Since 1901, when the Nobel Prize in Chemistry was first awarded, 177 people have captured the honor. On Wednesday, Frances H. Arnold became only the fifth woman to be awarded the prize.
Dr. Arnold, 62, an American professor of chemical engineering, bioengineering and biochemistry at the California Institute of Technology in Pasadena, earned the award for her work with the directed evolution of enzymes.
She shared this year’s chemistry Nobel — worth close to $1 million — with George P. Smith, 77, and Gregory P. Winter, 67. Dr. Arnold received half of the prize, and Dr. Smith and Dr. Winter split the other half.
Dr. Arnold won for her work conducting the directed evolution of enzymes, proteins that catalyze chemical reactions.
She first pioneered the bioengineering method, which works similar to the way dog breeders mate specific dogs to bring out desired traits, in the early 1990s, and has refined it since then.
Her enzymes have been used to make biofuels, medicines and laundry detergent, among other things. In many processes, they have taken the place of toxic chemicals.
[On Tuesday, a woman was awarded the Nobel Prize in Physics for the third time ever.]
Dr. Smith was honored for developing a method, known as phage display, in which a virus that infects bacteria can be used to evolve new proteins.
Dr. Winter won for evolving antibodies through phage display to combat autoimmune diseases and in some cases, cure metastatic cancer.
Unlock more free articles.
Create an account or log in
“I think of what I do as copying nature’s design process,” Dr. Arnold said in an interview with NobelPrize.org.
“All this tremendous beauty and complexity of the biological world all comes about to this one simple beautiful design algorithm.”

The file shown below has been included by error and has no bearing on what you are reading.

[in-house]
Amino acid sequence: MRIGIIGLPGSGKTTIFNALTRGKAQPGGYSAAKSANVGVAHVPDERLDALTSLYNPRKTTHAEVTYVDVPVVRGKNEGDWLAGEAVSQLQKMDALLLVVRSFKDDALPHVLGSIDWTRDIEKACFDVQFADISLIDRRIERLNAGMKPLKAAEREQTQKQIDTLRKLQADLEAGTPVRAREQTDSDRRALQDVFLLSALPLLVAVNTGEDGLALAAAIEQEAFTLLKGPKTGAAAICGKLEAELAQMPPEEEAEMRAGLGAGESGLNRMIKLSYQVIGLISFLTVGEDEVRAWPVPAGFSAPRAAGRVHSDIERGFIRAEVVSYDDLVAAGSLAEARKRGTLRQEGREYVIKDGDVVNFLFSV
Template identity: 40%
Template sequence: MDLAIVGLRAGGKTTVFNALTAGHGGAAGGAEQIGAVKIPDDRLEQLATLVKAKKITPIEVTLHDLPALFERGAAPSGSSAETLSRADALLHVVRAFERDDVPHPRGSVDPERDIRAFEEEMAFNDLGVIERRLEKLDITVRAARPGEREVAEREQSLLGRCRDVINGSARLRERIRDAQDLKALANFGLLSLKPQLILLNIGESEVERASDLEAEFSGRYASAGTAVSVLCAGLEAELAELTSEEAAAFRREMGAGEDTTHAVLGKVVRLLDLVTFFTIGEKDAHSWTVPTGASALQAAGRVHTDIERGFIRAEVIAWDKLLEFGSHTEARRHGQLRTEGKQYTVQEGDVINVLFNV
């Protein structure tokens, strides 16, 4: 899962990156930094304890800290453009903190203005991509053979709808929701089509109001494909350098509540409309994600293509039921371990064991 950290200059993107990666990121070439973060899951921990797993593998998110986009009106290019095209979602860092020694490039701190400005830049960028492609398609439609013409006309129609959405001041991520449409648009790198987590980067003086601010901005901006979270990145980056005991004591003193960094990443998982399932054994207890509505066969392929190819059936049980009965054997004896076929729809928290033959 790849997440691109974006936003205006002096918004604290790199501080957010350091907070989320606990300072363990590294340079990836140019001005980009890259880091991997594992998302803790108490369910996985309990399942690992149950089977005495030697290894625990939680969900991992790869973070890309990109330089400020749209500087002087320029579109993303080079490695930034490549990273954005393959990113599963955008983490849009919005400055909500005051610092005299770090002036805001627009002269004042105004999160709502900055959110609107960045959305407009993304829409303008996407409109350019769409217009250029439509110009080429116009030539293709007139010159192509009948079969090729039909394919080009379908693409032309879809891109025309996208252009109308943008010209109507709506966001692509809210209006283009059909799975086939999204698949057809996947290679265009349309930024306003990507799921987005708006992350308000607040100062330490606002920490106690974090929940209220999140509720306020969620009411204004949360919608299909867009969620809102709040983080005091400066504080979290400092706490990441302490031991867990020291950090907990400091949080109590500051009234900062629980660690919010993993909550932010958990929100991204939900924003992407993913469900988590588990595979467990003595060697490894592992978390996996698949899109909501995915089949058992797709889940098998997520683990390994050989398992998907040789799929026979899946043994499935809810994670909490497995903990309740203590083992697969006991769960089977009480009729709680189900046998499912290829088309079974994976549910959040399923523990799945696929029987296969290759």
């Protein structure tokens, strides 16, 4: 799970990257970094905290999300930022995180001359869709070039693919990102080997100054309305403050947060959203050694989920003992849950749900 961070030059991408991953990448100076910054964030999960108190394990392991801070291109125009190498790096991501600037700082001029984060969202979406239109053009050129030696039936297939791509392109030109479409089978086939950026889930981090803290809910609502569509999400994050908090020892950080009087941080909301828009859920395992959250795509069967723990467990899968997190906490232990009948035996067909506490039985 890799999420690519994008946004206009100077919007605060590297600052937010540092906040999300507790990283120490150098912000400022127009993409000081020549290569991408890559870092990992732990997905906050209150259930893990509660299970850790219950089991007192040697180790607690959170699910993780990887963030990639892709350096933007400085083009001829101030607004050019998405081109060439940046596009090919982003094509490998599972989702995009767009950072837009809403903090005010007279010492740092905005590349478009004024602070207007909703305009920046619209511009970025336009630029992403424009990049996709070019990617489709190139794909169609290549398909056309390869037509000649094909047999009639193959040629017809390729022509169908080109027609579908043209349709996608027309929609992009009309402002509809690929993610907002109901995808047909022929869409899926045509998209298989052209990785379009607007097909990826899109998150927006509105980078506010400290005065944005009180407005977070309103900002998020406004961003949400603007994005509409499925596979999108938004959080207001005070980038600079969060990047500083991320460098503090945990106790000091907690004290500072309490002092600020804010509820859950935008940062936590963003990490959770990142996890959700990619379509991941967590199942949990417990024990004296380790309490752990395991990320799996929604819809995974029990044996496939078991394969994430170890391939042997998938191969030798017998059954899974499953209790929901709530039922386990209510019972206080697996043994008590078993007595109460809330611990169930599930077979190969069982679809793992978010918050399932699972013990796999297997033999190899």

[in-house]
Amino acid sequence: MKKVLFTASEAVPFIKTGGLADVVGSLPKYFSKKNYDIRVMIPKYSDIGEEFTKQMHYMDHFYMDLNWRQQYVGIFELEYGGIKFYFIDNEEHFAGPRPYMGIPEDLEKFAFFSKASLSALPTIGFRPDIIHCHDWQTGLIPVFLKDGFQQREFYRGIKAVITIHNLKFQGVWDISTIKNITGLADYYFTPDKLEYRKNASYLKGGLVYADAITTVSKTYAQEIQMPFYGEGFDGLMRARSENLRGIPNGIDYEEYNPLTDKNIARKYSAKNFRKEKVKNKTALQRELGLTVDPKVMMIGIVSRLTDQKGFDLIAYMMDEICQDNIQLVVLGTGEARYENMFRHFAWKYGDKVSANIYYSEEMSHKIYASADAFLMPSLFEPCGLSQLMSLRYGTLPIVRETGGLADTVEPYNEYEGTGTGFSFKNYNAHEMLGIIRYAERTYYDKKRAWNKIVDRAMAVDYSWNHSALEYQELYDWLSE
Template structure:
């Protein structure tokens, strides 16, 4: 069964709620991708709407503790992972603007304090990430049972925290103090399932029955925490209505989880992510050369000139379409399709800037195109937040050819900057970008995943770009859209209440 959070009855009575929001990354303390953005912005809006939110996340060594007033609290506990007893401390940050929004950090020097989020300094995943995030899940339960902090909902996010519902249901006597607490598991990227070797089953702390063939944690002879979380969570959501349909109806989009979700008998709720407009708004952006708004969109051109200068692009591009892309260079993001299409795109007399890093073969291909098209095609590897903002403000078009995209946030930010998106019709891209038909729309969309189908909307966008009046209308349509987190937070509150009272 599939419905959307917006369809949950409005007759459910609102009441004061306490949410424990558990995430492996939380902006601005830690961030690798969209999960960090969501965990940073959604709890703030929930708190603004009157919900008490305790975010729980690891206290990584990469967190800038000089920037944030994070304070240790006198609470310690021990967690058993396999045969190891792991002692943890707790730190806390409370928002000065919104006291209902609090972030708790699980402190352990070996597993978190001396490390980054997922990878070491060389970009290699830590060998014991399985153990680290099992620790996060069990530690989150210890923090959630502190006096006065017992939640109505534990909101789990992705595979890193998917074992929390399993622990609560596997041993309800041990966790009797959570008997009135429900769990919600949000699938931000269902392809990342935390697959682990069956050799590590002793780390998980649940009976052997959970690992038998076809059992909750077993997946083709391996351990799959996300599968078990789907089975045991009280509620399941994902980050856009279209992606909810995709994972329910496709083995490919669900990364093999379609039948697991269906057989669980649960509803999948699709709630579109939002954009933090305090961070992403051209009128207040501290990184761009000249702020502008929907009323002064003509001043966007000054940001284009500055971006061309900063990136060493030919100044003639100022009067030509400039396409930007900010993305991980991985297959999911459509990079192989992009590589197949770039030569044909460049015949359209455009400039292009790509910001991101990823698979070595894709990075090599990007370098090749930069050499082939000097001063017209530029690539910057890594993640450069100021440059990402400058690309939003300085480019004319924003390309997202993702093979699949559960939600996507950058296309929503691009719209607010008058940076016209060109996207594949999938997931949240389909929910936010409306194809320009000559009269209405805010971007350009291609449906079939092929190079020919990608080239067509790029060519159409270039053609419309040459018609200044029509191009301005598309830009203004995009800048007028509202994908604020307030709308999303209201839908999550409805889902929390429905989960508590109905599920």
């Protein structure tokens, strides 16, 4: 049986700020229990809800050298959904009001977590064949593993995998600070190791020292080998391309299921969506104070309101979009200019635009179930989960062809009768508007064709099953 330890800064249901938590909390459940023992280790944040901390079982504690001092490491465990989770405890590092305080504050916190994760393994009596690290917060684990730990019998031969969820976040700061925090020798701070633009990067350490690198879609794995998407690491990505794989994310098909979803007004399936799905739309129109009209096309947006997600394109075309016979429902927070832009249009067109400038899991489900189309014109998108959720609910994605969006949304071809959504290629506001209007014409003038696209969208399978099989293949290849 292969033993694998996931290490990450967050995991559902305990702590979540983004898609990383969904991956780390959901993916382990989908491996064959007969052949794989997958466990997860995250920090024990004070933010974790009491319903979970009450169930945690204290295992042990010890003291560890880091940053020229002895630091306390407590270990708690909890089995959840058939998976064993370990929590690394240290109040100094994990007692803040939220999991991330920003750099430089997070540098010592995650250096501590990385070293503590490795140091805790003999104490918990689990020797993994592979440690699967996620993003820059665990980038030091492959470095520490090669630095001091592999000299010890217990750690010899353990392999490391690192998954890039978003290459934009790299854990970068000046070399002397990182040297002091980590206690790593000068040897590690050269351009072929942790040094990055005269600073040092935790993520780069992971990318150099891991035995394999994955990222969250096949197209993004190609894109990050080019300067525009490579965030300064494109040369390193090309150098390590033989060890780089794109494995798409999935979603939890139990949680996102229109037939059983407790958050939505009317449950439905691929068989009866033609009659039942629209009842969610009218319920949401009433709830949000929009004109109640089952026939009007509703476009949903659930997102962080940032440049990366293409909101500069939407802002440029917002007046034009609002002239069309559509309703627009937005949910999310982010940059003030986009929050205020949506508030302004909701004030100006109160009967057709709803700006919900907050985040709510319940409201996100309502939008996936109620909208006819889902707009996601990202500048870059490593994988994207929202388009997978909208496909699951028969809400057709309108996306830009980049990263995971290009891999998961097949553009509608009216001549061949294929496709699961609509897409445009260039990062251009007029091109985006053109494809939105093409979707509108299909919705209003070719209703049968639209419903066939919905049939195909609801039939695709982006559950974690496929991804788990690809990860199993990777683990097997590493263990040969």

In the 1980s, Dr. Arnold tried to rebuild enzymes, but because they are very complex molecules built from different amino acids that can be infinitely combined, she found it difficult to remodel the enzymes’ genes in order to give them new properties.
In the 1990s, she abandoned what she called her “somewhat arrogant approach” of trying to create modified enzymes through her logic and knowledge, and examined nature’s way of doing things. She looked into evolution.
ImageDr. Arnold with President Barack Obama at an award ceremony for the National Medal of Technology and Innovation in 2013. Dr. Arnold was awarded the prize in 2011.
Dr. Arnold with President Barack Obama at an award ceremony for the National Medal of Technology and Innovation in 2013. Dr. Arnold was awarded the prize in 2011.
CreditBrendan Hoffman/Getty Images
“I realized that the way most people were going about protein engineering was doomed failure,” Dr. Arnold said.
“To me it is obvious that this is the way it should be done.”
She tried to change an enzyme called subtilisin.
She wanted it to accelerate change in an organic solvent, so she created random mutations in the enzyme’s genetic code and introduced the mutated genes to bacteria that then created different types of subtilisin.
source: The NEW YORK TIME.
Get the latest posts delivered right to your inbox